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Carter cluster moves to state-of-the-art modular computer center

The POD modular computer center, new home of the Carter cluster.
The Carter cluster's new home is a secure, energy-efficient modular computer center.

On the outside that may look like a shipping container deposited behind a security fence at the Purdue power plant, but it’s what’s inside that counts.

Inside, it is the new high-tech home of Purdue’s powerful Carter supercomputer. ITaP has moved the Carter cluster to a portable, self-contained, modular computer center manufactured by HP and linked the facility to campus research data storage with high-speed fiber optics, making everything work like Carter was still in the middle of campus.

View a video about Carter's new home

The move makes room in the Mathematical Sciences Building for future supercomputers at Purdue, among them Purdue’s new Conte supercomputer, the fastest supercomputer for use by faculty at one school in the country. ITaP staff is getting the Conte cluster ready for Purdue researchers by later this summer.

Carter, built in partnership with Intel in 2011, held the distinction of fastest campus supercomputer when it went online, but its move to the HP “POD” is hardly a sign that the supercomputer has become outdated. Carter still ranked 175th on the latest TOP500 list of the world’s most powerful supercomputers in June and seventh among U.S. campus supercomputers.

The POD (short for Performance Optimized Data Center) is a worthy new home for what is still a top-flight supercomputer. The modular computer center is state-of-the-art technologically, cost- and space-efficient and secure with its location behind a fence at a site where Purdue physical facilities staff members are present 24/7. Surveillance cameras and an alarm system also protect it.

“The POD is designed for function only and so it does not look impressive but it’s a serious structure,” says computer science Professor Eugene Spafford, a leading cyber security expert and executive director of the Purdue-based Center for Education and Research in Information Assurance and Security (CERIAS). “Legal documents and money are important to us and we lock them up in bank vaults. Our data is perhaps just as important, and the POD is locked, alarmed, climate-controlled, surveilled and access-controlled.”

The facility also offers big cost advantages over a new building, a building expansion or a building refit to accommodate new supercomputers — and advantages in operations costs and energy consumption as well. The modular computer center is very energy efficient, even making use of Indiana’s chilly winter temperatures for wintertime air conditioning.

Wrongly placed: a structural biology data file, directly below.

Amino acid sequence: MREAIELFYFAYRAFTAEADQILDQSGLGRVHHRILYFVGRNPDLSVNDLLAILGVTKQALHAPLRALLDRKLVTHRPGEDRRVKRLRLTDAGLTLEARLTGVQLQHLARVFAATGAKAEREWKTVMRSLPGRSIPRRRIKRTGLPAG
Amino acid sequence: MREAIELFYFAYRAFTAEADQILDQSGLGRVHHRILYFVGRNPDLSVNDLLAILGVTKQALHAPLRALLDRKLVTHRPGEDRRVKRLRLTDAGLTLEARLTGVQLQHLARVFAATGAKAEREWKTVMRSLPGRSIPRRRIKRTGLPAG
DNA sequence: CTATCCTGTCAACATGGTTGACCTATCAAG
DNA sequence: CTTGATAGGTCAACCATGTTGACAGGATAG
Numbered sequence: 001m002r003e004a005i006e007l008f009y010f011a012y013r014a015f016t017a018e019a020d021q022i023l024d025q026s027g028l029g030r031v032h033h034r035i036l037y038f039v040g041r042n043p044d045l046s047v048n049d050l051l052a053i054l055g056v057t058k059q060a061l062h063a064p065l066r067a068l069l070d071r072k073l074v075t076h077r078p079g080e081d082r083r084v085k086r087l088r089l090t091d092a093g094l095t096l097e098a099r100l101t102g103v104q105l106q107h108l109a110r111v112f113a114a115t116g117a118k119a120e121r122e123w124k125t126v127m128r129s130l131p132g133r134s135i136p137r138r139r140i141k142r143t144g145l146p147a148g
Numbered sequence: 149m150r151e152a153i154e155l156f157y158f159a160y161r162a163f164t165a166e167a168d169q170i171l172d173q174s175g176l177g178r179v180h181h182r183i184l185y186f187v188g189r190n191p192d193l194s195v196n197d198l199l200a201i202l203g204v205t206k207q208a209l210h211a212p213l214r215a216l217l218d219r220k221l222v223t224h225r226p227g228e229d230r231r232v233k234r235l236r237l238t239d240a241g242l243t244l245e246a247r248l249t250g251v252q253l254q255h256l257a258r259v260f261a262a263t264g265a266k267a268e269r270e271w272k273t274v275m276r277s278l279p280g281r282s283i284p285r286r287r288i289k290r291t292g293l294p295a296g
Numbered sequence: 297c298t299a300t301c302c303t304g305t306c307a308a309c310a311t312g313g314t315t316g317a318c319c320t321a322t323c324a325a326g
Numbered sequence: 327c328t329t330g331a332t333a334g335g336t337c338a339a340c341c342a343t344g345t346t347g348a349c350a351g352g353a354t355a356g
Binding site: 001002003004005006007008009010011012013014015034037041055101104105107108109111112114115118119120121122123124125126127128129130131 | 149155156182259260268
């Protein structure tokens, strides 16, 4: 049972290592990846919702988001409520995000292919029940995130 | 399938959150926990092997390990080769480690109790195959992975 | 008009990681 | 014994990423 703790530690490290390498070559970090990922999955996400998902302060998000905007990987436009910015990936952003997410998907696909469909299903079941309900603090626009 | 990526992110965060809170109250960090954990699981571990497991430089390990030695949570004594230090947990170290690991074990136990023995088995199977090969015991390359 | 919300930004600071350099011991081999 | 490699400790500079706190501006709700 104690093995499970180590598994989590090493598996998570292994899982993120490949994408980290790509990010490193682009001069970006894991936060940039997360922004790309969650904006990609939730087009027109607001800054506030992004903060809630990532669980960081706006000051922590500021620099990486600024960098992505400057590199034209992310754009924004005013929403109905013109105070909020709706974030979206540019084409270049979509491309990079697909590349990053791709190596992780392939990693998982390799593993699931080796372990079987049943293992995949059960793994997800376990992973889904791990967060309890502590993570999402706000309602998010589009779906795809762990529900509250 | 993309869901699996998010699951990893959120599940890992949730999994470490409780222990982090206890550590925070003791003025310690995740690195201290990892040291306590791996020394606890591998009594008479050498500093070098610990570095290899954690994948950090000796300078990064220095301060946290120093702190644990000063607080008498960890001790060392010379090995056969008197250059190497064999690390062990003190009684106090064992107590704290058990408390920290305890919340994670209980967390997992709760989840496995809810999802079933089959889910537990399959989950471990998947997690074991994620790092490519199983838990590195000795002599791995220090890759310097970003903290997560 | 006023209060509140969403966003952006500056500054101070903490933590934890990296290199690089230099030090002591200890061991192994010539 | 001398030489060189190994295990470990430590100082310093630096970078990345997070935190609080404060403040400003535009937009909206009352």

Industry giants such as Amazon, Google and Microsoft make significant use of containerized data centers, not to mention the U.S. military, but Purdue was one of the first universities to do so. ITaP has housed Purdue’s Steele cluster supercomputer, which is being retired, in the POD since 2010.

Gerry McCartney, Purdue CIO, vice president for information technology and Olga Oesterle England Professor of Technology, says Purdue's use of PODs is another way the University stays in the lead when it comes to providing computing resources for research.

“We all know that the half-life of technology is decreasing constantly, and that's as true for our supercomputers as it is for our smartphones,” McCartney says. “These containerized data centers give us flexibility to adapt to future technologies in a way that we never could by building a new data center and undergoing seeming endless reconstruction projects to adapt to the new technology. It is not elegant architecture, but highly secure, functional, and cost-effective.”

Faculty members interested in touring the POD are welcome. Contact Donna Cumberland at ITaP Research Computing (RCAC), donnac@purdue.edu.

Writer: Greg Kline, science and technology writer, Information Technology at Purdue (ITaP), 765-494-8167 (office), 765-426-8545 (mobile), gkline@purdue.edu

Last updated: Oct. 9, 2013